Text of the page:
MR. A. H. DYKE ACLAND (Yorkshire, W. R., Rotherham)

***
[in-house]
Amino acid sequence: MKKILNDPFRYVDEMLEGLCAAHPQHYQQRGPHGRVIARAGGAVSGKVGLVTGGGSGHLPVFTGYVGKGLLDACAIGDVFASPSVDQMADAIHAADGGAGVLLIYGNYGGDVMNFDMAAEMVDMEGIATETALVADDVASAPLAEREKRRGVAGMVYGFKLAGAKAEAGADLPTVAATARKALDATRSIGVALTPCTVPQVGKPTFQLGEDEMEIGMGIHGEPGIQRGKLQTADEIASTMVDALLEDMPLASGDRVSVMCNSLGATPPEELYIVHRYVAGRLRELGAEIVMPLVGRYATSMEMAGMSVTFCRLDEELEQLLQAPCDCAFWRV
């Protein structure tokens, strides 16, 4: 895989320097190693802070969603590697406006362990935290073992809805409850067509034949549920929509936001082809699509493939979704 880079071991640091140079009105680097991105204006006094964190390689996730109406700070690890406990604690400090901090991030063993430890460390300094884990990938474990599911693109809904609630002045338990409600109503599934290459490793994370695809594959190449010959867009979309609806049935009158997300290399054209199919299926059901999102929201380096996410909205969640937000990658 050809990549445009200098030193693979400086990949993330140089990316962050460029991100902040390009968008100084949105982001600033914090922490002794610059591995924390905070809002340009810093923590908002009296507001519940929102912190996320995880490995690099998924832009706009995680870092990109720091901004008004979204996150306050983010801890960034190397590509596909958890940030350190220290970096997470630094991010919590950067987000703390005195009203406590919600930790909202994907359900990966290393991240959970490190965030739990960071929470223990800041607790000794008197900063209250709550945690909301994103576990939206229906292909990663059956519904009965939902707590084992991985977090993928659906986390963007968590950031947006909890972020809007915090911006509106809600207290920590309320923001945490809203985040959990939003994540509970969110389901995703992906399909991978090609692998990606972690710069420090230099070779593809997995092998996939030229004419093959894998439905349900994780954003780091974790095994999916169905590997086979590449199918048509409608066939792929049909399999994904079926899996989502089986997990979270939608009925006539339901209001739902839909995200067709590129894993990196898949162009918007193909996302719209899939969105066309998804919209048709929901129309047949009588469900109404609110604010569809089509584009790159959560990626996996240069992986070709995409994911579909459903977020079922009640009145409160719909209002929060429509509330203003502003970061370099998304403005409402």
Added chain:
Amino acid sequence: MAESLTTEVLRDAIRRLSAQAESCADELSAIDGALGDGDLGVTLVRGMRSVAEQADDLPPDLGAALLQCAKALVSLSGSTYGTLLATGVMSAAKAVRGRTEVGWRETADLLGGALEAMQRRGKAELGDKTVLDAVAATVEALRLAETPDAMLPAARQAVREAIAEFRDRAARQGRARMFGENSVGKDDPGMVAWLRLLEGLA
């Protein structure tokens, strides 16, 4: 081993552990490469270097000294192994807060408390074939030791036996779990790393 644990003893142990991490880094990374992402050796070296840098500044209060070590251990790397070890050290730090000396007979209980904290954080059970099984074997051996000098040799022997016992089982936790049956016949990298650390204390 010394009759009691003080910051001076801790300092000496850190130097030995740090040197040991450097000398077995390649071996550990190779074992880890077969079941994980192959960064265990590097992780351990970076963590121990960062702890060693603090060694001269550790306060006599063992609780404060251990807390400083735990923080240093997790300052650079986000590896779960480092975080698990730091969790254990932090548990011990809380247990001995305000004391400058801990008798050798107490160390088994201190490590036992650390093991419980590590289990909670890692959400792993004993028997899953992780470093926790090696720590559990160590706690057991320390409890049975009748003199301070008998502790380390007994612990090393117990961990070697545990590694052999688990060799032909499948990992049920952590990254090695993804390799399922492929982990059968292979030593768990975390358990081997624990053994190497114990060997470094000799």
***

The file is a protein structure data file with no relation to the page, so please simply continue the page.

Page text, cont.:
said, he was entirely in accord with what his right hon. Friends the late Home Secretary and the Member for Aberdeen had said, and he would try not to follow them in the path they had trodden. He heard with pleasure what the hon. Gentleman who had just spoken said about the assistant teachers in Voluntary Schools. If the hon. Gentleman could persuade his Friends to insert a clause in the Bill which would enable, in Denominational Schools, assistant teachers to be appointed apart from the particular denomi- nation to which they belonged, he would confer a very great boon upon many persons desirous of joining the teaching profession, and remove a grievance which was largely felt by many Nonconformists, especially in our country villages. From the point of view of the Queen's Speech, the main clause in the Bill was the fourth, the clause which embodied the general principle of giving aid to necessitous schools, both Voluntary and Board. He hoped that what had been said upon the Opposition Benches had made it clear that no one who sat upon those Benches was in favour of the extinction of Voluntary Schools. It was a perfectly reasonable thing that, in a year of surplus like this, money should be found to help necessitous schools. Very heavy drafts had been made upon the Treasury for the purpose of popular education, especially in the last half-dozen years—the grant had been very nearly doubled in the last six years. The demand was now normal, and therefore they were all agreed that, when there was money to spare, grants to necessitous schools, whether Voluntary or Board Schools—those schools which formed an essential part of the national system—were perfectly reasonable things. They differed, however, as to the conditions on which such grants might fairly be given to Voluntary Schools. They differed, further, as to the amount of provision which was made relatively to the Voluntary Schools and to the Board Schools. It seemed hardly reasonable there should be £489,000 allotted to Voluntary Schools, and only a sum of probably less than £40,000 to Board Schools. It had been pointed out more than once that that proportion was hardly reasonable, even from the point of view of the Government themselves. Then he hoped they might be able to embody in the Bill some arrangement for representation—and it was only representation of a moderate character which they asked for—in connection with Voluntary Schools which received this grant, with a view to the prevention of a waste of money. He would hardly have alluded to Clause 27 if it had not been for one remark which fell from the hon. and learned Gentleman the Member for Plymouth last night. The hon. and learned Member spoke of the religious teaching in Board Schools as spurious religious teaching. He wondered whether the hon, and learned Gentleman had thought how much pain he would give by that remark to the 30,000 or 40,000 teachers and assistant teachers in the Board Schools who were doing their best, under the conditions under which they worked, to make the teaching they gave a, really religious teaching. [Cheers.] His contention and that of his hon. Friends was, that the great bulk of the parents whose children went to Board Schools now were perfectly satisfied with the religious teaching given—[''Hear, hear!'']—and desired religious instruction for the children in the school they attended. He asked whether Clause 27 would benefit either the children or the teacher. Was it good for children in their tender years to realise the divisions which existed amongst religious people by their being separated into different classes in the same school? Was it good for the teacher? Hon. Members knew full well that the teachers themselves disapproved of this new principle of giving religious instruction. He passed to the question of decentralisation, and he must confess he did not quite understand what their position now was. At first they believed that there was to be a completely new department set up in every county and every county borough; but the speech of the Vice President seemed to have somewhat modified that position. He said the setting up of the new authority should be permissive; and, on the other hand, he stated that the Education Department would not be weakened but would be greatly strengthened by the Bill. As to the permissive method of decentralisation it seemed to him it would be very difficult to carry it out. Invidious distinctions would be created, and he could hardly believe such a method would be effective. The hon. Member opposite said the Lancashire education authority would be found to be even more severe than the Education Department itself, because new brooms swept clean. If they were to have the present Education Department greatly strengthened by the Bill, and if they were to have the department in Lancashire more severe than the central department, he was afraid the hon. Gentleman and his friends would be suffering under a greater reign of terror than when he was at the Education Department. He might add that that reign was not quite so bad as it was painted. With reference to permissive decentralisation he observed that some of those towns which clearly deserved it did not seem to desire it. The hon. Member for the Edgbaston Division expressed no desire whatever to have this new Education Department set up in Birmingham, or to have the present system of inspection by the Education Department withdrawn. And what about London? They had not heard from London any voice urgently in favour of decentralisation. No doubt the County Councils Association would press a resolution in favour of it. It was rather tempting to be allowed to distribute 6½ millions of Imperial money. He remained of the same opinion which he formed when he first heard the Bill described, that this sudden and unexpected dissolution of the powers of the Education Department, if it was carried out in full, would have some very serious consequences. What kind of inspectors would they be able to appoint in their 126 new Education Departments? Between now and the first of January next they had to appoint at least 400 inspectors to work under these education authorities in the counties and county boroughs. Where were they to get their new inspectors from? He did not hesitate to say that, if this Bill was carried out in full, the inspectors of the county authority would be more important from the point of view of whether the schools were going to be lifted or lowered than the Inspectors of the Education Department itself. They could not make experienced inspectors in a few months. They could not get them by advertising for them. Think how gradually the Inspectors of the Education Department had been made. Most of them had undergone a preliminary training, and after long experience some of them were very capable and very able men. But these men would be retained by the Department. It the Department parted with any of its staff it would be with the least capable and least experienced of its members. It seemed to him a very important matter. There would be a double inspection of schools at the very least, he was not sure that in some cases there would not be a triple inspection. They were to have associations of schools dealing with the 4s. grant on a scheme to be approved; and it would be their business to see by some inspection of their own that the conditions were being satisfied, before the county inspector went to ascertain whether the grant was being properly dealt with by the association. Thus they would have the association inspector, the county inspector, and the Department inspector. That would be found too much of a good thing for most schools, and he felt almost confident that the county inspector would be the man who on the whole would be the most important official, and that the Education Department inspectors, who after all went mainly in order to see that the County Council were doing their duty, though he might be much the most experienced man, would be on the whole one whose visit would be less regarded. Then there was another point of view. Some counties were forward in the work of technical education, others had made very little progress; but they were going to attempt the task of trying to organise secondary education, and to provide cheap schools in many places where the sons of the farmer, the tradesman, and others might go. That was a work that required time. Under the Welsh Act of the last Tory Government, that was made possible for Wales. For four or six years at least this work had been going forward, and yet he had no hesitation in saying that the county governing bodies of Wales had still got their hands so full of secondary education that they were not really fitted to undertake the task of supervising elementary education in this country. That was the case also in some English counties, and if they overwhelmed them with these elementary education duties, they would put a bar on their going forward with secondary education in the way he hoped they might do. With reference to the provisions for secondary education, he entirely agreed with the hon. Member for Cambridge University that there ought to be some provision for a central authority, and he hoped the hon. Member would be able to persuade the Government to make some arrangement as to this subject. They could not effectively carry out the work of education unless they made some reform in the present position of the Charity Commissioners. Under the Bill special provision was made by which schemes should be carried through under the Charity Commission, but there was no provision for amalgamating the Charity Commission with the Central Education Department. What was the result? The theory of the Charity Commission was that there was Ministerial responsibility behind all schemes approved by the Lord President of the Council. But last Thursday night a scheme, so approved, was brought before the House, and it was opposed by a Member of the Cabinet. ["Hear, hear!"] That was not a satisfactory position. Either let the Charity Commission be entirely independent or let the theory of Ministerial responsibility be made real by amalgamating the Charity Commission with the Education Department so that schemes might from the beginning go forward with the sanction of the Minister for Education instead of being brought in with the feeling that somebody else was responsible for what he had felt himself obliged to approve. In the provisions for secondary education he was surprised to find that there was no conscience clause. The Endowed Schools Act of 1869 had a conscience clause both for day scholars and boarders, and the last Conservative Government inserted conscience clauses both in the Technical Education Act and in the Welsh Intermediate Education Act. He could hardly believe that the Bill would leave the House without some provisions similar to those under which nearly all their publicly aided education was carried on. He passed to the question as to how the Bill treated School Boards. Their position was this—Why had they not left them alone? If the Government had made some proposition, with reference to the small country Board Schools, for federating them in some reasonable way over a reasonable area, they would have entirely agreed with them. But the Bill went a good deal further than that, and yet it was difficult to understand exactly what the position was. If they said, ''You are attacking School Boards in this Bill," the reply was, "No, we are not attacking them:" and then, if they said, "What is the use of all these clauses if you are not attacking them?'' they were told that, "It is really only the provision of a beneficial, useful alternative system.'' They looked upon that useful alternative system with a good deal of suspicion. First of all, there was the financial check upon the School Board. That, they were told, was only a friendly way of setting up a Financial Committee to look after them. They did not regard it in that light. It was perfectly clear that there were to be no more School Boards in the boroughs, and if they took up the rest of the Bill it was perfectly clear that what was called the alternative system was a system gradually to do away with the School Boards. [The FIRST LORD of the TREASURY: ''Hear, hear!''] The Leader of the House assented to that proposition. He wanted to point out what would happen in proportion as they succeeded with their alternative system, which was to get rid of School Boards—and here, again, he was dealing with the matter from a purely educational point of view. As they set up these County Committees, these educational authorities, which were to supersede, as was hoped, all School Boards, they would be in this remarkable position—that the more they succeeded the more these new education departments would have, in addition to their duties as impartial education departments, schools of their own as well. Consider an education department distributing public money and yet with schools of its own. He tried to imagine what the Education Department would have been, and he at the head of it, if, in addition to all its other difficulties, it had schools of its own. The hottest water he got into would be perfectly tepid compared with what the temperature would have been if this had been the case. At any rate, the Education Department, he believed with the admission of all parties, might be said to carry out its work with impartiality in the distribution of its money. It had perfect freedom of allotment, and it was not tied up as to the amount, and it could give it where it thought proper, and it certainly did not have the additional labour of carrying on schools of its own. But what would these new Educational Departments be? No doubt they would try to be impartial, but they would not have freedom of allotment of public money, because they were going to tie them up to a rigid limit by this Bill. They would also have to contend with the enormous difficulties which would arise on account of the suspicion attached to having schools of their own to carry on. If they did not give enough of the taxpayers' of the Education Department's money to their own rate-supported schools, they would receive serious reproof from the ratepayers; and if, on the other hand, they had the other duty of giving money to Voluntary Schools, and they gave too much to their own schools, they would be constantly told they were favouring them at the expense of the Voluntary Schools. What had been the tendency of the principle of inspection and examination in this country? Let anyone consider how it had worked as their educational system had improved, even in middle-class schools. First of all, they had the weakest form of examination where it was conducted by the masters themselves and they presented their own report. Then the next stage was where certain examiners were invited from the University or elsewhere by the head master himself, and the tendency was, if they wanted to be invited again, that they were rather tempted to give a favourable report. But in the course of the last quarter of a century, one after another, the great bulk of their best schools had submitted themselves to an impartial public examination by the recognised authorities from the Universities. What were they going to do under this Bill? They were going to carry on their own inspection absolutely by their own officers, and to do what was not done, at any rate, by the examiners in ordinary schools—to carry the money in their hand side by side with the inspection. He could not think that such a system would work out satisfactorily or without friction. Consider the position of a local inspector, a County Council inspector, in a county borough. He had come to the limit fixed by Parliament for the Parliamentary grant. He knew there was no more money to come from Parliamentary sources, and yet he was responsible for granting that money. He came to a Voluntary School which had, perhaps, been a very indifferent school, but which had passed into the hands of good managers and excellent teachers. He found that the school was worthy of receiving, perhaps, one-third again as much money as it received at the last inspection. But he knew that the whole Parliamentary grant was exhausted. He wanted to grant this money, but where was it to come from, because the other schools had not at all been backward, but perhaps going forward. If he was to do justice to the Voluntary Schools he must withdraw the money from the Board Schools, which were under the control of his masters, the educational authority. If he did that he would get into trouble with the ratepayers. Of course the deficiency must be met by the ratepayers, and if he went on that he would quickly send the educational authority to the City Council to ask powers for some more money to be raised. One could well imagine that, when they came, some City Councillor, who was more interested in the ratepayers than in education, would say, ''Why don't you give more Parliamentary money to the schools for which you are responsible?'' And when it was pointed out that the Committee had a duty to look after the Voluntary Schools, he could well imagine the Councillor replying, ''After all, charity begins at home." He could not help feeling that, under this new method, there would be the greatest difficulties for these local bodies in carrying on their work with a reputation, which they would desire to make, for perfect impartiality. Then it was said, that was the kind of case in which the Education Department would come in; but they would have the most difficult task of deciding whether, in detail after detail, the grant had been allotted fairly to a very considerable number of schools, and he defied even the best inspector to be able to come to a really saitsfactory conclusion on that point. He fully understood why this Parliamentary limit, which they so much objected to, had been inserted in the Bill. It was considered to be, he supposed, an almost necessary part of handing over the administration of the Parliamentary grant of £6,500,000 to local authorities, because the Government had no doubt said that if these local authorities were allowed, even under the strictest Code, to administer these six and a half millions themselves, and to give the highest grant wherever they thought it reasonably right, the £6,500,000 would very soon mount to seven, eight, nine, and ten millions, and the supervising work of the Education Department would be inadequate to keep that steadily rising grant down. This brought him to the financial clauses of the Bill. They were asked to assert for the first time that not the Treasury, not the House of Commons itself, were sufficient to deal with the question of the amount of money they would grant for the provision of education for Elementary Schools in this country. They were going to take into partnership the House of Lords. They, for the first time, were to have a permanent voice in this question, which affected the allotment of a present sum of more than £7,000,000. He had asked himself whether this provision was due to a sincere regard for the principle of national economy, and he had come to the conclusion that it was not. In order to justify that conclusion he turned to Scotland, and asked how many of the provisions of the Bill they were going to apply to that country. If the legislation was so beneficent, so admirable, so excellent, so good for progress in education, surely Scotland ought to have it. Were they going to redistribute the Scotch Education Department; were they going to set up a double inspectorate in Scotland; were they going to give special facilities for the dissolution of the Glasgow School Board; were they going to give the City Council of Glasgow special opportunities of setting up a financial committee among men who knew little of education in order to control that great School Board of which Glasgow was so justly proud? The answer to all that was, ''No.'' He turned to the financial provisions which were going to permanently put a limit upon their Parliamentary grant. He would ask hon. Members to look at the Estimates, and they would see to what he alluded. One page in those Estimates showed that the grant for the coming year for Elementary Schools was estimated at 19s. 1d. for England and Wales, while for the corresponding schools for Scotland the grant was estimated at 21s. 7d. A Scottish child, therefore, at the present moment was considered, and he dared say rightly, by the powers that be to be worth 2s. 6d. more than the English child. The Government proposed to perpetuate this system, to tie the English child down to a maximum of 19s. 1d. and to leave the Scottish child at a minimum of 21s. 7d. The Scottish child would probably obtain another half-crown in 10 years, when he would be worth 5s. more than the English child. He could hardly believe that the English people desired that the 500,000 children in Scottish School Boards should have this tremendous advantage over the 2,000,000 children in English Board Schools. He objected to this proposal that the little pushing northern member of the British firm should remain perfectly free, whilst the predominant partner was bound hand and foot. [''Hear, hear!"] If the Bill passed the English people would envy the position of Scotland, and pray to be allowed to share her privileges. As an English Member he protested against the proposed arrangement. He failed to see why the English child should be tied down in this way when the Scottish child was to be allowed to go forward. He could imagine that it would be very agreeable to Scottish Members on the other side of the House to vote for this proposal. They would be supporting their Leaders and at the same time helping to secure a special advantage for the country whence they came. There were some Scottish Members among the right hon. Gentlemen who sat near him. He should keep a most careful watch upon them—[laughter]—and he trusted that they would be able to withstand the temptation to vote for the clause. Our system of technical and commercial secondary education was largely dependent for its supply of capable scholars upon our Elementary Schools, and by this Bill the Government were doing something to prevent the development of that supply. A distinguished foreigner who visited England a few years ago to study our social and educational institutions said when he returned to his own country that in all matters of sanitary provision we were in advance of other nations, whilst in matters of education we were, on the whole, a century behind the times. It was, unfortunately, true that we were lamentably behind in respect of certain portions of our education, both elementary and secondary, and this was a most inappropriate moment in which to set to work to fetter public bodies in their disposal of educational funds. He could only hope that this might become a better Bill through rational discussion in Committee. He should vote against the Second Reading of any Education Bill which contained a limiting financial clause such as was found in this Measure. There were, no doubt, some good things in this Bill, but, in the main, it was retrograde and would retard and prevent that effective development of our system of national education which those who sat on his side of the House were specially bound to help forward. ["Hear, hear!"]